Australian government’s right-wing hard man is a sensitive soul really

Sydney Letter: What so upset Peter Dutton was coverage of his new-found concern for white South African farmers

Peter Dutton, minister for home affairs and a former policeman, is supposed to be the right-wing hard man in Australia's Liberal-National government.

He is the man whose ministry was created in order to placate the right of the ruling Liberal Party under centrist prime minister Malcolm Turnbull. The home affairs ministry is just eight months old and encompasses immigration, border control, domestic security, law enforcement, cybersecurity, federal police, secret service, citizenship and multicultural affairs.

Not for nothing is Dutton called “the minister for everything”.

He burnished his conservative credentials in 2008 when the then Labor government apologised to Aboriginal children removed from their families to be raised by white people. Dutton refused to endorse the apology.


In 2016 he composed a text message describing a female journalist as a “mad f**king witch”, but inadvertently sent it to her.

And last year he rounded on companies who backed same-sex marriage in Australia, singling out Irish man Alan Joyce, who is the head of the Qantas airline. CEOs "shouldn't shove their views down our throats", Dutton said.

Hard-man persona

But it seems the hard-man persona was just an act; Dutton is a sensitive soul really. Last week he said he hit back at “the crazy lefties” in the media who “draw mean cartoons about me”, adding: “They don’t realise how completely dead they are to me.”

The coverage that so upset Dutton was over his new-found concern for white South African farmers. When it was put to him on a radio show that white farmers were being subjected to violence from black people trying to drive them from their land, Dutton said they faced “an horrific circumstance” and that he was looking at how to expedite their entry to Australia on humanitarian grounds, because they needed “help from a civilised country like ours”.

He said they were the sort of immigrants Australia needed, prepared to “abide by our laws, integrate into our society, work hard, not lead a life on welfare”.

His words were carefully chosen to sound a dog whistle message. Before Christmas he had spoken of people in suburban Melbourne being afraid to go out to a restaurant lest they be attacked by African “crime gangs”.

South Africa was not amused by Dutton butting into its affairs. Australia's ambassador in Pretoria was summoned for a dressing down and South African foreign ministry officials were quoted as saying they "could not believe" Dutton's comments about immigration and that when they asked Australia's foreign minister, Julie Bishop, about them she effectively said they should ignore him.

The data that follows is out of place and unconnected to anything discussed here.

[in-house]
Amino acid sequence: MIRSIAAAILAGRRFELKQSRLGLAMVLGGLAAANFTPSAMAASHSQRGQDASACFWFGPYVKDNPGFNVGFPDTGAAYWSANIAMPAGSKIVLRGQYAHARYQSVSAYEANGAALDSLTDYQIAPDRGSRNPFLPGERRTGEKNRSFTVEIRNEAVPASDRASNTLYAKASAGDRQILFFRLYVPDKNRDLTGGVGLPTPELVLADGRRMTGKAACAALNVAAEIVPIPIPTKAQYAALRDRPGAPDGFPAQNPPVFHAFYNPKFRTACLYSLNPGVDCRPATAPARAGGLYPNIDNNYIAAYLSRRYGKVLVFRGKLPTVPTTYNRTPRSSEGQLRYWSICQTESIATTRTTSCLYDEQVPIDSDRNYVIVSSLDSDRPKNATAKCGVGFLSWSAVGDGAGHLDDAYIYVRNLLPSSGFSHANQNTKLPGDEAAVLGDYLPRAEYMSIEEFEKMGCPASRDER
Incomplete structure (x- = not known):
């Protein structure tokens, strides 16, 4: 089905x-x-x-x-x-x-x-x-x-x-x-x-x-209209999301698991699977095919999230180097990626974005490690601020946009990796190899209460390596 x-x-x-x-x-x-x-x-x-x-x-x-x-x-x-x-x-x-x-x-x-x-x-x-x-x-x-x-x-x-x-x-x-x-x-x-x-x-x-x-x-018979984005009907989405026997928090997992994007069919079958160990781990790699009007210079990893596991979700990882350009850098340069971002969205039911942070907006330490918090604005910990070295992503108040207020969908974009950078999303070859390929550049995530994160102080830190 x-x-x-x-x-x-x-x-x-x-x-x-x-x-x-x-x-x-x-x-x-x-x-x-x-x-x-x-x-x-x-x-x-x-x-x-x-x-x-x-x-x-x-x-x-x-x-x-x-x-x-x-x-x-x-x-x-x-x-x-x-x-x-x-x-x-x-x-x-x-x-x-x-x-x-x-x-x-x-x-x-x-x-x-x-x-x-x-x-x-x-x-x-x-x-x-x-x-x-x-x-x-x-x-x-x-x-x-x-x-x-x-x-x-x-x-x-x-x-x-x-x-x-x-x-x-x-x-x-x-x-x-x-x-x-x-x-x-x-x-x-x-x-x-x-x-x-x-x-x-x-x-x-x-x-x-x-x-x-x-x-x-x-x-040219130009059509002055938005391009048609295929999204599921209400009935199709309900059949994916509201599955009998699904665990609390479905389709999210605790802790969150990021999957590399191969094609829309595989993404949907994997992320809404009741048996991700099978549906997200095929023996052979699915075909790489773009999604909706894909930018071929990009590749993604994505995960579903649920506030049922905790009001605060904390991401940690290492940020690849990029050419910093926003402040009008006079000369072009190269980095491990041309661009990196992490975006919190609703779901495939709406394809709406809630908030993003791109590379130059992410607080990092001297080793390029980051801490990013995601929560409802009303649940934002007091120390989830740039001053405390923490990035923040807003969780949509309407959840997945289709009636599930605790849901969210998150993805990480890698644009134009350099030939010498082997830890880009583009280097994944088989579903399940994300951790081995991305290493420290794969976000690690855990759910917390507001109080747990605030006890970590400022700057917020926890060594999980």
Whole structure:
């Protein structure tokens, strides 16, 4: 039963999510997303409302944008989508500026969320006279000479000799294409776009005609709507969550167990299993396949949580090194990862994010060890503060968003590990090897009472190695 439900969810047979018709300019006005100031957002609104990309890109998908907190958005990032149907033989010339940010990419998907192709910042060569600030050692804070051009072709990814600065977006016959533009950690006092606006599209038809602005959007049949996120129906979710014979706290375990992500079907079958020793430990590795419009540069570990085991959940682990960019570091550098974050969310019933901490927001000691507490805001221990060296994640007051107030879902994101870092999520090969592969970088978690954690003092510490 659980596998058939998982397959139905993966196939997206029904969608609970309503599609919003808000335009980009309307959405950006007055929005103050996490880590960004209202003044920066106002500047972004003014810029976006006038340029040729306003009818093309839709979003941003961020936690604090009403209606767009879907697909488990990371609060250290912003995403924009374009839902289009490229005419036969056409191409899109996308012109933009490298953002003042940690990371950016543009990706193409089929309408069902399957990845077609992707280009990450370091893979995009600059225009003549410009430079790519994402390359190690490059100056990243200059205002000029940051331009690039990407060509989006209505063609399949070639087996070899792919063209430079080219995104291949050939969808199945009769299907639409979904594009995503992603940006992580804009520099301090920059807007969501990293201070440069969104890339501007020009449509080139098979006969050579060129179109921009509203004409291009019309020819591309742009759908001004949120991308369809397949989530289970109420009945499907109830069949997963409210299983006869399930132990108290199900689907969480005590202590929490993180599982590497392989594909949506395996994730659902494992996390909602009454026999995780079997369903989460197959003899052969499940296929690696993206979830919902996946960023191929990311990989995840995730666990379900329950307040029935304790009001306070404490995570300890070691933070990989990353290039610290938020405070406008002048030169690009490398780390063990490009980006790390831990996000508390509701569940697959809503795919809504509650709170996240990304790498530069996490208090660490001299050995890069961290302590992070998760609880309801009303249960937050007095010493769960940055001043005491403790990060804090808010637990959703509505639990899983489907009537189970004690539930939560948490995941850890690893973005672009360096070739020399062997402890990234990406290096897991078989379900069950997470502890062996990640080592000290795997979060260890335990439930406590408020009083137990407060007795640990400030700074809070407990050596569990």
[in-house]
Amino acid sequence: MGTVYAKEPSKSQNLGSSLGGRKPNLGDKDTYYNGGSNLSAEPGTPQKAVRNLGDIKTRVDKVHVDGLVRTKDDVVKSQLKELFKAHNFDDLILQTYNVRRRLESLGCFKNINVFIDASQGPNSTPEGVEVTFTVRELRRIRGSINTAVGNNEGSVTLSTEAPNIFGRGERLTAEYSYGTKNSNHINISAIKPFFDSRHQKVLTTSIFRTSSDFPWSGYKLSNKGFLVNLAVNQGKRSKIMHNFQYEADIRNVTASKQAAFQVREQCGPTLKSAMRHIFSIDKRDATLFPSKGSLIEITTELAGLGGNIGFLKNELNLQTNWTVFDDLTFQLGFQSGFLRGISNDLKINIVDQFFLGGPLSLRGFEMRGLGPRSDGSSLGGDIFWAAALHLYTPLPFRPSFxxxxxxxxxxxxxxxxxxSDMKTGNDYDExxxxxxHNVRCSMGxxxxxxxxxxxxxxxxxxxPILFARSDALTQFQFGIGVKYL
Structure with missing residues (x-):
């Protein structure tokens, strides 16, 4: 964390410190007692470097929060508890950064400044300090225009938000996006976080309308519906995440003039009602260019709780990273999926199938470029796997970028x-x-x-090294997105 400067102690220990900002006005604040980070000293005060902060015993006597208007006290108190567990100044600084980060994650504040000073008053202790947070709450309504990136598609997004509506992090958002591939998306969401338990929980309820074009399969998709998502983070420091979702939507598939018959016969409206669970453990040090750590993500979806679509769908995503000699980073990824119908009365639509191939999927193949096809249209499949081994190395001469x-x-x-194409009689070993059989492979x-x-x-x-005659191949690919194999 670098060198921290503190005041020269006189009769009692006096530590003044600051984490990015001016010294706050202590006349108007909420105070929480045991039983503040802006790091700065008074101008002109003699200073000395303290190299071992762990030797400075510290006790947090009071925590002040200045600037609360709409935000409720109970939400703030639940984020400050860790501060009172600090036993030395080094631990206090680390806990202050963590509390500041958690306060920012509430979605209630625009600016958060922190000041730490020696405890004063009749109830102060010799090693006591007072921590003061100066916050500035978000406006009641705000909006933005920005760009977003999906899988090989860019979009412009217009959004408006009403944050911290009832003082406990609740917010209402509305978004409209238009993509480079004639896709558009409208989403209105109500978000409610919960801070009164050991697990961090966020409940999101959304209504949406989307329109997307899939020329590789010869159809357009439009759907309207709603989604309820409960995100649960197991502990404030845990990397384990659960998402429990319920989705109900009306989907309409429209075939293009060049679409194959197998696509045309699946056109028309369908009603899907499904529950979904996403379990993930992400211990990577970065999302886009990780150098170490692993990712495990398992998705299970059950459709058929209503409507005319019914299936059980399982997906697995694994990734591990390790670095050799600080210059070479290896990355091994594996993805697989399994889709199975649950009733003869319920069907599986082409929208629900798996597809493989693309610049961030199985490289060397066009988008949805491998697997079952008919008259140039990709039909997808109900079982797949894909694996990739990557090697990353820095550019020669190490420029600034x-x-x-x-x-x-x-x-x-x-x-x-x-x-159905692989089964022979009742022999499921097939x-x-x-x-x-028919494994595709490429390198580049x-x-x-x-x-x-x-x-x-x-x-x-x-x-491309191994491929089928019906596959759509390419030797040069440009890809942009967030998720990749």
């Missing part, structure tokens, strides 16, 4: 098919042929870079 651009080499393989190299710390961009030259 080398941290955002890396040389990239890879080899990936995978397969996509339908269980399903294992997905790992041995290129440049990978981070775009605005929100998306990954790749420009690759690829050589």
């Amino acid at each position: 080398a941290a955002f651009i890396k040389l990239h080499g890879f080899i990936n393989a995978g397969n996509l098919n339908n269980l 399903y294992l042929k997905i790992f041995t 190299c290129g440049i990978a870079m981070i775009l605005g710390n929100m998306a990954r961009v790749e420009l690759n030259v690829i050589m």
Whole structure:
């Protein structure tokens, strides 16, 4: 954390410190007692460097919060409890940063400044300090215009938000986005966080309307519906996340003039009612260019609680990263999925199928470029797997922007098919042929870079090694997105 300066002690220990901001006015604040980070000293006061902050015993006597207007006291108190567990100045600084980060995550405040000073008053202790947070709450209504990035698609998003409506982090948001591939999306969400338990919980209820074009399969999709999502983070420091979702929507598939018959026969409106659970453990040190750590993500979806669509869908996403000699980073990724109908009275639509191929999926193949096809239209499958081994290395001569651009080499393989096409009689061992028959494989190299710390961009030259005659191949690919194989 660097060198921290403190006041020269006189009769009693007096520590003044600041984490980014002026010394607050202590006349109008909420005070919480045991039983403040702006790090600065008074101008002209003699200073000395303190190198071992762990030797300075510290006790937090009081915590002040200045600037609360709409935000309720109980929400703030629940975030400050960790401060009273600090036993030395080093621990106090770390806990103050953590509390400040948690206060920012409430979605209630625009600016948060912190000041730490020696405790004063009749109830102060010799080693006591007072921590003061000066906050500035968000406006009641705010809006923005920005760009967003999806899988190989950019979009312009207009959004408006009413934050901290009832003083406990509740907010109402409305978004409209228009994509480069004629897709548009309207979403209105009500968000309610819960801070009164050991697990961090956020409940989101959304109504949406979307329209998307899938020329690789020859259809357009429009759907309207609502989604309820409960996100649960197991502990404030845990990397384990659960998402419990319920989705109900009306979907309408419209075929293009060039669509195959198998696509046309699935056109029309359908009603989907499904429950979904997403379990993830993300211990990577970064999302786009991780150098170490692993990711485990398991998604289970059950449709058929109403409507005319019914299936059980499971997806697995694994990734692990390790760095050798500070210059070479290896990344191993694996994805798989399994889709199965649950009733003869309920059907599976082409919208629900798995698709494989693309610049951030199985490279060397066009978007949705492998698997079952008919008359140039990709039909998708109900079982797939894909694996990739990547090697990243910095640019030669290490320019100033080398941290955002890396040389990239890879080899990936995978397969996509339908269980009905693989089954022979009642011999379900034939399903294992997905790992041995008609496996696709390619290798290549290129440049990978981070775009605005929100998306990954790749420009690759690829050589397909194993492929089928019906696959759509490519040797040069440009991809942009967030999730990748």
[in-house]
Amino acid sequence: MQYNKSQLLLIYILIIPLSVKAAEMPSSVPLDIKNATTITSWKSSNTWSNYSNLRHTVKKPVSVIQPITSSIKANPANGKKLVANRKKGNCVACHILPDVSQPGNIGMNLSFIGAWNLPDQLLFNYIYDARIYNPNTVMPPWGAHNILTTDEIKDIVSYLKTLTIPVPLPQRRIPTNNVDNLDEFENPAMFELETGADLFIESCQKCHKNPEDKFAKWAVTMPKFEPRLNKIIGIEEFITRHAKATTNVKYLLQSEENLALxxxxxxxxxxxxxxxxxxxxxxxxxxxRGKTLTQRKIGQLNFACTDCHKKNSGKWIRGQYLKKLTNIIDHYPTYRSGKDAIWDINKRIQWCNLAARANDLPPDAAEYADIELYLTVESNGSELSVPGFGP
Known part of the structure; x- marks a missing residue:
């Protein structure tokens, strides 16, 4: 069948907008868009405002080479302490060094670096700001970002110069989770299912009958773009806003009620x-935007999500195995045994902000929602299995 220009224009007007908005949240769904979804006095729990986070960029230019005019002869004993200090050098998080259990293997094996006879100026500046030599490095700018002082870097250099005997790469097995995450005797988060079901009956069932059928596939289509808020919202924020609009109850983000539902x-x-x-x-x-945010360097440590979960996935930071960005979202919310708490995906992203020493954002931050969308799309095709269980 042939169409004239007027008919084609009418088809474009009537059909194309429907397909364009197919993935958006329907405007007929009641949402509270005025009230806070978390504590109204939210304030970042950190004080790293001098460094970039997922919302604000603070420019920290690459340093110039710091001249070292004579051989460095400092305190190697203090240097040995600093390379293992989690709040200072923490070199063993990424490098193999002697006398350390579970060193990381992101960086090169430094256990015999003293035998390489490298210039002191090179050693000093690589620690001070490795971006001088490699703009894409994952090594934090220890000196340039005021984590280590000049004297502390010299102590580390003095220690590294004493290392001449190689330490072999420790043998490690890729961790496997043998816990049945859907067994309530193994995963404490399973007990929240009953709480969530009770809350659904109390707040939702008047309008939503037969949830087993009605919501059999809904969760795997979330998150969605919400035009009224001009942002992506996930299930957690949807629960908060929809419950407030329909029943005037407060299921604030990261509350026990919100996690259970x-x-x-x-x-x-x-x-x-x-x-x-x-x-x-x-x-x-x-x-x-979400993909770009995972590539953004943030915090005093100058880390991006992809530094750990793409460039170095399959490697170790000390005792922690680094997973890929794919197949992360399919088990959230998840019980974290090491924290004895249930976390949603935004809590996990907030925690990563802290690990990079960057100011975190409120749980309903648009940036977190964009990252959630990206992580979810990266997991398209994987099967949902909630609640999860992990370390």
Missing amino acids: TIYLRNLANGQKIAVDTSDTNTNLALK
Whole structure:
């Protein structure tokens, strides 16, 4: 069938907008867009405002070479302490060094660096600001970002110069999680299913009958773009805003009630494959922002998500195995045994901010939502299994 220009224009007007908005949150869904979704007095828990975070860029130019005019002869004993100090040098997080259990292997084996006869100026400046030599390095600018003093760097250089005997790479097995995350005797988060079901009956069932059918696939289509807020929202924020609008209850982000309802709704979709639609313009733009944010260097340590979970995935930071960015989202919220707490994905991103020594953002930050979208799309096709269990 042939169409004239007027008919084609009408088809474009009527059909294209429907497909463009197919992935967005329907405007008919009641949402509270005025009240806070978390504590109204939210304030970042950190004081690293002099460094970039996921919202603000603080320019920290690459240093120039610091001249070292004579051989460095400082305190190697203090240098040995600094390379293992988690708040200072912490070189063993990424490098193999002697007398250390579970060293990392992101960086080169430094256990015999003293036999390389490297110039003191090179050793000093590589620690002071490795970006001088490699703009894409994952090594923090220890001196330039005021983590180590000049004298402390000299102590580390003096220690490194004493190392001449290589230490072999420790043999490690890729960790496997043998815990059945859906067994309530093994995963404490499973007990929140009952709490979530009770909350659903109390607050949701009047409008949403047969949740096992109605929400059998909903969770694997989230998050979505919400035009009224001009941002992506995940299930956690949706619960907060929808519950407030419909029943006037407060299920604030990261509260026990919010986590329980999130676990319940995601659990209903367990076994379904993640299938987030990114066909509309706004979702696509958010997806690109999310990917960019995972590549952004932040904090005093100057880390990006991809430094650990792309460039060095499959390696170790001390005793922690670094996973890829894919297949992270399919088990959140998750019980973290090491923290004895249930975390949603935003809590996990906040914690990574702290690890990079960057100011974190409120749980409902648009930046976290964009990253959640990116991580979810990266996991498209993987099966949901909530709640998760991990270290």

Dutton rejected the claim that the offer to white South African farmers was being withdrawn, despite his assertions being completely debunked.

Greater risk

Gareth Newham of South Africa's Institute for Security Studies said there was no evidence to support the idea that white farmers were targeted more than anyone else.

“In fact, young black males living in poor urban areas like Khayelitsha and Lange face a far greater risk of being murdered. The murder rate there is between 200 and 300 ... per 100,000 people,” Newham said.

So, if Dutton’s concern for South Africa’s white farmers is not backed up by facts, what is his real agenda? The answer most likely lies with his political self-preservation instinct.

He holds his constituency of Dickson in Queensland on a margin of 1.6 per cent which, if the current polling holds, means he will lose his seat in an election due in about 12 months. But there are a large number of white South Africans living in the area – 1.3 per cent of the local population was born in South Africa – and Dutton will do all he can to hold on to their votes.

His sensitive side was on show again last week when he said it was in the “public interest” to grant a visa to a foreign au pair after using his ministerial powers to intervene in her case. He rejected inferences that he personally benefited from the decision, saying his family “does not employ an au pair”. But the story, by the Australian Associated Press news agency, had not said any such thing. It just reported the facts: that for two years “Dutton’s department has been trying to suppress key details of the case and the reasons underpinning the decision”.

So Dutton’s concern for some apparently random au pair was just about him and his big, cuddly heart? Probably.

Fortunately for Dutton, much of Australia is too busy engaging in a bout of self-righteous angst over a cricket ball-tampering incident to pay much attention.